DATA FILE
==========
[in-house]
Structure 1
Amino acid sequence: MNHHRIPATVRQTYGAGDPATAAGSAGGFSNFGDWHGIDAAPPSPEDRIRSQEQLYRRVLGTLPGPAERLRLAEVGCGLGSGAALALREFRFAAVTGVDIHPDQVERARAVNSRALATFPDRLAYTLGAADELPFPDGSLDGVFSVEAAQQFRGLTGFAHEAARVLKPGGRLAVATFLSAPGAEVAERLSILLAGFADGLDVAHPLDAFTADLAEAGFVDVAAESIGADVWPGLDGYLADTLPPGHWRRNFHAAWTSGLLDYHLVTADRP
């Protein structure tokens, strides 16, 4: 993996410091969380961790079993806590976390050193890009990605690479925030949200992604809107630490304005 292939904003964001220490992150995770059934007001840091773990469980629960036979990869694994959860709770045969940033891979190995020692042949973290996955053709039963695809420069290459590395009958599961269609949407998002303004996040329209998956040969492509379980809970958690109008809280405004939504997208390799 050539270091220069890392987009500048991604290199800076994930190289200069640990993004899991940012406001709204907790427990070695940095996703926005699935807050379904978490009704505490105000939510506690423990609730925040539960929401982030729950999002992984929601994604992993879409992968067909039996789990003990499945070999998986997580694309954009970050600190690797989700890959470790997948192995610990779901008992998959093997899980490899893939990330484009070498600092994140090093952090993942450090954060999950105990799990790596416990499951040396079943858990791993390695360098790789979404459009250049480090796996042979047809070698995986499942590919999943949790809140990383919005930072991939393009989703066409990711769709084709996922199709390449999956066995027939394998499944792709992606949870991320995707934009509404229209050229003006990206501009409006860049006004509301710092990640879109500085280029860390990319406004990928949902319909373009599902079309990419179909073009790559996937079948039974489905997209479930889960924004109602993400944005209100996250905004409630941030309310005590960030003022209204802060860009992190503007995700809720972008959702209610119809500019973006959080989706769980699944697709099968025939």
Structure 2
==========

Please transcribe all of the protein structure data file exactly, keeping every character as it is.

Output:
[in-house]
Structure 1
Amino acid sequence: MNHHRIPATVRQTYGAGDPATAAGSAGGFSNFGDWHGIDAAPPSPEDRIRSQEQLYRRVLGTLPGPAERLRLAEVGCGLGSGAALALREFRFAAVTGVDIHPDQVERARAVNSRALATFPDRLAYTLGAADELPFPDGSLDGVFSVEAAQQFRGLTGFAHEAARVLKPGGRLAVATFLSAPGAEVAERLSILLAGFADGLDVAHPLDAFTADLAEAGFVDVAAESIGADVWPGLDGYLADTLPPGHWRRNFHAAWTSGLLDYHLVTADRP
């Protein structure tokens, strides 16, 4: 993996410091969380961790079993806590976390050193890009990605690479925030949200992604809107630490304005 292939904003964001220490992150995770059934007001840091773990469980629960036979990869694994959860709770045969940033891979190995020692042949973290996955053709039963695809420069290459590395009958599961269609949407998002303004996040329209998956040969492509379980809970958690109008809280405004939504997208390799 050539270091220069890392987009500048991604290199800076994930190289200069640990993004899991940012406001709204907790427990070695940095996703926005699935807050379904978490009704505490105000939510506690423990609730925040539960929401982030729950999002992984929601994604992993879409992968067909039996789990003990499945070999998986997580694309954009970050600190690797989700890959470790997948192995610990779901008992998959093997899980490899893939990330484009070498600092994140090093952090993942450090954060999950105990799990790596416990499951040396079943858990791993390695360098790789979404459009250049480090796996042979047809070698995986499942590919999943949790809140990383919005930072991939393009989703066409990711769709084709996922199709390449999956066995027939394998499944792709992606949870991320995707934009509404229209050229003006990206501009409006860049006004509301710092990640879109500085280029860390990319406004990928949902319909373009599902079309990419179909073009790559996937079948039974489905997209479930889960924004109602993400944005209100996250905004409630941030309310005590960030003022209204802060860009992190503007995700809720972008959702209610119809500019973006959080989706769980699944697709099968025939």
Structure 2